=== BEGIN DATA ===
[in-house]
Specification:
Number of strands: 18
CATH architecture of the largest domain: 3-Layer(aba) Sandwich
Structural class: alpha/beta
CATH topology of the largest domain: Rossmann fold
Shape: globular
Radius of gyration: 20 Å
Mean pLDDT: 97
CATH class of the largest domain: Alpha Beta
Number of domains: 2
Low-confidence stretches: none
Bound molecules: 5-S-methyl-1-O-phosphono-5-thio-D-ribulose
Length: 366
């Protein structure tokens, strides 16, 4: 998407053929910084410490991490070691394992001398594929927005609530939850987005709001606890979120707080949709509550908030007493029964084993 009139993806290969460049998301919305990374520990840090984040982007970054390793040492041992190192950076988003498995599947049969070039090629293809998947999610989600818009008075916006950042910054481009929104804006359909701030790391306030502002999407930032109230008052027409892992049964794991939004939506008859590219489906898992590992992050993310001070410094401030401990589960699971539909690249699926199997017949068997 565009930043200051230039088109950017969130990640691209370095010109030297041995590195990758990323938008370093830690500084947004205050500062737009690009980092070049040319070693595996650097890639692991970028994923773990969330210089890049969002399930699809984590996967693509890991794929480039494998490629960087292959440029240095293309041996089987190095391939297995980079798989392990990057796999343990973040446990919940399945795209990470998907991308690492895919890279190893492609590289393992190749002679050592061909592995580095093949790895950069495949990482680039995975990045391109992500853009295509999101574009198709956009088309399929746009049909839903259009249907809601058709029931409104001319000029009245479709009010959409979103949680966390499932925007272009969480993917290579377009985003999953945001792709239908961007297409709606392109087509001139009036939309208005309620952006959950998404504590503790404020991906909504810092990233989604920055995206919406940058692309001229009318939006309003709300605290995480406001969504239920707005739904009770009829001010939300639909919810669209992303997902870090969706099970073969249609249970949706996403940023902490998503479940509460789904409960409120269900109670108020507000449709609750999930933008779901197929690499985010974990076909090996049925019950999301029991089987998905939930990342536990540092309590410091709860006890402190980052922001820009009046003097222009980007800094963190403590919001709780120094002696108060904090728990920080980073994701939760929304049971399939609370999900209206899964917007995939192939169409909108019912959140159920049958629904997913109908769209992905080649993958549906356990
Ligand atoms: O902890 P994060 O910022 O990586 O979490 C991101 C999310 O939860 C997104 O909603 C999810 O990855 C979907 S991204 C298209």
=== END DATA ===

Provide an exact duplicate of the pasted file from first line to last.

[in-house]
Specification:
Number of strands: 18
CATH architecture of the largest domain: 3-Layer(aba) Sandwich
Structural class: alpha/beta
CATH topology of the largest domain: Rossmann fold
Shape: globular
Radius of gyration: 20 Å
Mean pLDDT: 97
CATH class of the largest domain: Alpha Beta
Number of domains: 2
Low-confidence stretches: none
Bound molecules: 5-S-methyl-1-O-phosphono-5-thio-D-ribulose
Length: 366
């Protein structure tokens, strides 16, 4: 998407053929910084410490991490070691394992001398594929927005609530939850987005709001606890979120707080949709509550908030007493029964084993 009139993806290969460049998301919305990374520990840090984040982007970054390793040492041992190192950076988003498995599947049969070039090629293809998947999610989600818009008075916006950042910054481009929104804006359909701030790391306030502002999407930032109230008052027409892992049964794991939004939506008859590219489906898992590992992050993310001070410094401030401990589960699971539909690249699926199997017949068997 565009930043200051230039088109950017969130990640691209370095010109030297041995590195990758990323938008370093830690500084947004205050500062737009690009980092070049040319070693595996650097890639692991970028994923773990969330210089890049969002399930699809984590996967693509890991794929480039494998490629960087292959440029240095293309041996089987190095391939297995980079798989392990990057796999343990973040446990919940399945795209990470998907991308690492895919890279190893492609590289393992190749002679050592061909592995580095093949790895950069495949990482680039995975990045391109992500853009295509999101574009198709956009088309399929746009049909839903259009249907809601058709029931409104001319000029009245479709009010959409979103949680966390499932925007272009969480993917290579377009985003999953945001792709239908961007297409709606392109087509001139009036939309208005309620952006959950998404504590503790404020991906909504810092990233989604920055995206919406940058692309001229009318939006309003709300605290995480406001969504239920707005739904009770009829001010939300639909919810669209992303997902870090969706099970073969249609249970949706996403940023902490998503479940509460789904409960409120269900109670108020507000449709609750999930933008779901197929690499985010974990076909090996049925019950999301029991089987998905939930990342536990540092309590410091709860006890402190980052922001820009009046003097222009980007800094963190403590919001709780120094002696108060904090728990920080980073994701939760929304049971399939609370999900209206899964917007995939192939169409909108019912959140159920049958629904997913109908769209992905080649993958549906356990
Ligand atoms: O902890 P994060 O910022 O990586 O979490 C991101 C999310 O939860 C997104 O909603 C999810 O990855 C979907 S991204 C298209």